We know from various media reports that “three months’ worth of rain fell on the region in three days”, and that this is what caused the massive flooding we’ve seen in Bosnia, Serbia, and Croatia. But some areas have been more severely impacted than others. The flooding of the Kolubara river made the municipality of Obrenovac the most devastated area in Serbia: so far, 12 casualties have been reported, and that number is expected to rise. But scientists have long warned that the Kolubara basin, which is located in the municipality of Obrenovac, has grown increasingly vulnerable to “frequent and large scale floods” due to human activities. In the 2012 article “Land Use Changes and Environmental Problems Caused by Bank Erosion: A Case Study of the Kolubara River Basin in Serbia“, scientists Slavoljub Dragicevic, Nenad Zivkovic, Mirjana Roksandic, Stanimir Kostadinov, Ivan Novkovic, Radislav Tosic, Milomir Stepic, Marija Dragicevic and Borislava Blagojevic made several serious observations about Obrenovac’s vulnerability to the kind of heavy flooding we’ve seen in recent days [emphasis ours]:
The scientists concluded in 2012: “No one feels responsible that the population in this area is still left to the mercy of torrential river. Numerous calls for helping endangered people and goods were sent to the different addresses, but no one tried to help. Apparently, the problem goes beyond the ‘values’ of a few villages and the state interest (lignite exploitation) has absolute priority, like in the case of … the unique sources of Obrenovac Municipality.”
8:15 PM: The Serbian government says that the Sava river is now at the greatest danger of flooding, and that a new wave is expected to hit the river, which runs through the capital of Belgrade, on Wednesday, May 21. Photo: The Sava river in the Savamala neighborhood of Belgrade taken at around 2 AM this morning by Balkanist.
3:50 PM: If you’re looking for missing friends or relatives in Serbia, a website, nestale.poplave.rs, has been set up to post and share information.
3:15 PM: The floods spread. Gunja, Croatia, a town on the left bank of the Sava river, is now completely underwater. Information from the Croatian Red Cross. Photo from Twitter: @15422R 3:10 PM: The German Foreign Office says that technical teams and experts have arrived in the region to provide assistance. More are being coordinated and are on their way.
3:00 PM: We’re back after a late morning, a day spent running around, and very little sleep. A reader from the Dutch organization Stichting Dierenopvang Bosnie, which helps stray dogs in Bosnia, asked us to provide information to our readers who may be interested in donating to rescue animals stranded or otherwise affected by the floods. They have been around for several years, and if you want you can contact them at firstname.lastname@example.org. “We are supporting many volunteers who are trying to rescue as much as possible. If people want to donate, here’s how they can: NL59 INGB 00094 746 94 BIC : INGBNL2A Stichting Dierenopvang Bosnie If possible people can mention Floods, so we know it is meant to support the situation they are currently in! We need to help as much as possible”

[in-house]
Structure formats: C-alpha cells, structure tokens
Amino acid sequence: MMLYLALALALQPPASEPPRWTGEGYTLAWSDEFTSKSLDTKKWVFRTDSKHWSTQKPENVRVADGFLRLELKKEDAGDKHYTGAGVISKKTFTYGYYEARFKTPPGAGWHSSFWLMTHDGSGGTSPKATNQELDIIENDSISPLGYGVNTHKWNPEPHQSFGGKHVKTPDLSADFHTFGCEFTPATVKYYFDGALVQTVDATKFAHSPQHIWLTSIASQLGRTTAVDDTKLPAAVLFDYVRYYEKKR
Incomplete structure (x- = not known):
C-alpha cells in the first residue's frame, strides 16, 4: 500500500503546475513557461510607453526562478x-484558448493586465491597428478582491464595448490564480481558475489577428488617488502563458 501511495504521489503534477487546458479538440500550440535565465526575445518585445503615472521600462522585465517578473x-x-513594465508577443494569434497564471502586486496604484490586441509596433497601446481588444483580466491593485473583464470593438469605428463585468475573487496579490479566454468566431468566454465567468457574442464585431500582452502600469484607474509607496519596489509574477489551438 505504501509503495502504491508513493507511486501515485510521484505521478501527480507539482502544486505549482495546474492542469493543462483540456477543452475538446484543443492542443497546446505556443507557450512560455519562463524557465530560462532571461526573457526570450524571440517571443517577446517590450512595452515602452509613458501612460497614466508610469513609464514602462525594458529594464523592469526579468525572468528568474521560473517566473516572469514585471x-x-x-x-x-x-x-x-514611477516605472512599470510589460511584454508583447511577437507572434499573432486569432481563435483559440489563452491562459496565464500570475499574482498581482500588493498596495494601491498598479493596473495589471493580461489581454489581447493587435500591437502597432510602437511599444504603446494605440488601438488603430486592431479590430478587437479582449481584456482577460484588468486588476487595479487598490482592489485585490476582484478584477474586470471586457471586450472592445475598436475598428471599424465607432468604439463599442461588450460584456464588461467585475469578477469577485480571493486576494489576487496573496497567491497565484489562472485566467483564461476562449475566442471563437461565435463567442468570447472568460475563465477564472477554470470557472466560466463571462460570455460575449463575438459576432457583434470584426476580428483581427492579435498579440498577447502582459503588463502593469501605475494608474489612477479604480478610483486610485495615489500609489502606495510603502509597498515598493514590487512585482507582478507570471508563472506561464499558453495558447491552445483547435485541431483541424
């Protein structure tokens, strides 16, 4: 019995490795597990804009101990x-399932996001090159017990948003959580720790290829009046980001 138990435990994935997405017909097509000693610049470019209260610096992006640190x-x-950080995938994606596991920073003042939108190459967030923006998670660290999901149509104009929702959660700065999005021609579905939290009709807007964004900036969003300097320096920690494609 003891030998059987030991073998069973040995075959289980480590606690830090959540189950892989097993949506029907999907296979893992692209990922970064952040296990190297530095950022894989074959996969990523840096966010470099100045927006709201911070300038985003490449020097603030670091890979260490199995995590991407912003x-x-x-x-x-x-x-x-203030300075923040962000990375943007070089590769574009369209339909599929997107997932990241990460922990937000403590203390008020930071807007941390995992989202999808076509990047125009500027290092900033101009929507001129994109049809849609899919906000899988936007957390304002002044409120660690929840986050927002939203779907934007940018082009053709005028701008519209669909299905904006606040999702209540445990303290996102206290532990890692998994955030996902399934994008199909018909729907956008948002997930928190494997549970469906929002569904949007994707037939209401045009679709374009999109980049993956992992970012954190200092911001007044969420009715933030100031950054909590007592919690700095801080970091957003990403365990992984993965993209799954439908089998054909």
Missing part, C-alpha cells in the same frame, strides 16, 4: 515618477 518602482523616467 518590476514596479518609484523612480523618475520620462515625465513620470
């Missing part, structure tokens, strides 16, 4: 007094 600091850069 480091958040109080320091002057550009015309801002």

Sunday, May 18
4:45 AM: Serbian broadcaster RTS has published lists of evacuees. In many cases, these people need medicine, and the lists specify the type of medicine they need. Photo from Twitter: @severzolak 4:15 AM: It appears that the town of Janja in Bosnia has also been hit hard by the current flooding. The town is famous for “its river Drina and little river Janja”. Many displaced persons from elsewhere in Bosnia live there. Photo from Twitter: @DraganaMrkaja Photo from Twitter: @sejlala “Janja before & after”
3:45 AM: Eyewitness and media reports indicate that Svilajnac, a town and municipality in central Serbia, is “destroyed”. Vojislav Nedeljkovic (@VojaNedeljkovic) tweeted: “there is very little food or water; there are many elderly and sick, babies and hungry children who have nowhere to go.” Svilajnac is situated on the banks of the river Resava, and borders the river Morava.
Nedeljkovic also shared a photo: 12:10 AM: Another great and secure way to give is through Save the Children’s Balkan Relief Fund.
11:40 PM: The Serbian chapter of the Red Cross says if you want to know if a particular person is on their official list of evacuees, send their name as a direct message (DM) to the Red Cross Serbia Twitter account: @crvenikrstinfo
11:30 PM: Tomorrow at 21:30, there will be free buses from Budva, Montenegro to Serbia for those who wish to volunteer in the relief effort. Contact number in country is: 068/469-810.
11:10 PM: For our readers who wish to donate money to flood victims, we are recommending the International Red Cross. The organization has offices in both countries, and they’re coordinating relief efforts and distributing aid. Here’s information for Serbia and Bosnia.
There will be organized working actions tomorrow, and buses will take volunteers to affected areas.
Below, there’s a list of places accepting donations for those displaced by the flooding: Faculty of Philosophy – from 10:00 to 16:00 every day!!! – Center for the Promotion of Civil Society – Gradačačka bb , near Malaysian bridge (every day except Sunday, during the period 9-15 hours) -Rooms FK Sarajevo ( club room ) – Caritas BK BiH ul Mehmed Beg Kapetanovića Ljubusaka 6 , 10-18 and 24/7 contact 063690456 – Shatro caffe – Bushido Karate Club -Faculty of Islamic Studies – Veterinary Medicine – Pomozi.ba ( Aziz Šaćirbegović 48 , near the robot Hrasno and Azići 12 , Ilidza) Every Red Cross office in the country… call and donate: BH Telekom 090 291 032 – 2,00 KM Eronet 092 890 830 – 1,80 KM mtel 1458 – 1 KM What is urgently needed: – Medicines (paracetamol, antiseptics, anti-diarrhea tablets, disinfectants) – Blankets, clothes, rubber boots, shovels … – Canned food, baby food and bottled water – Flashlights, candles – Hygiene products (soaps, disinfectants, dry wash products…) – Can openers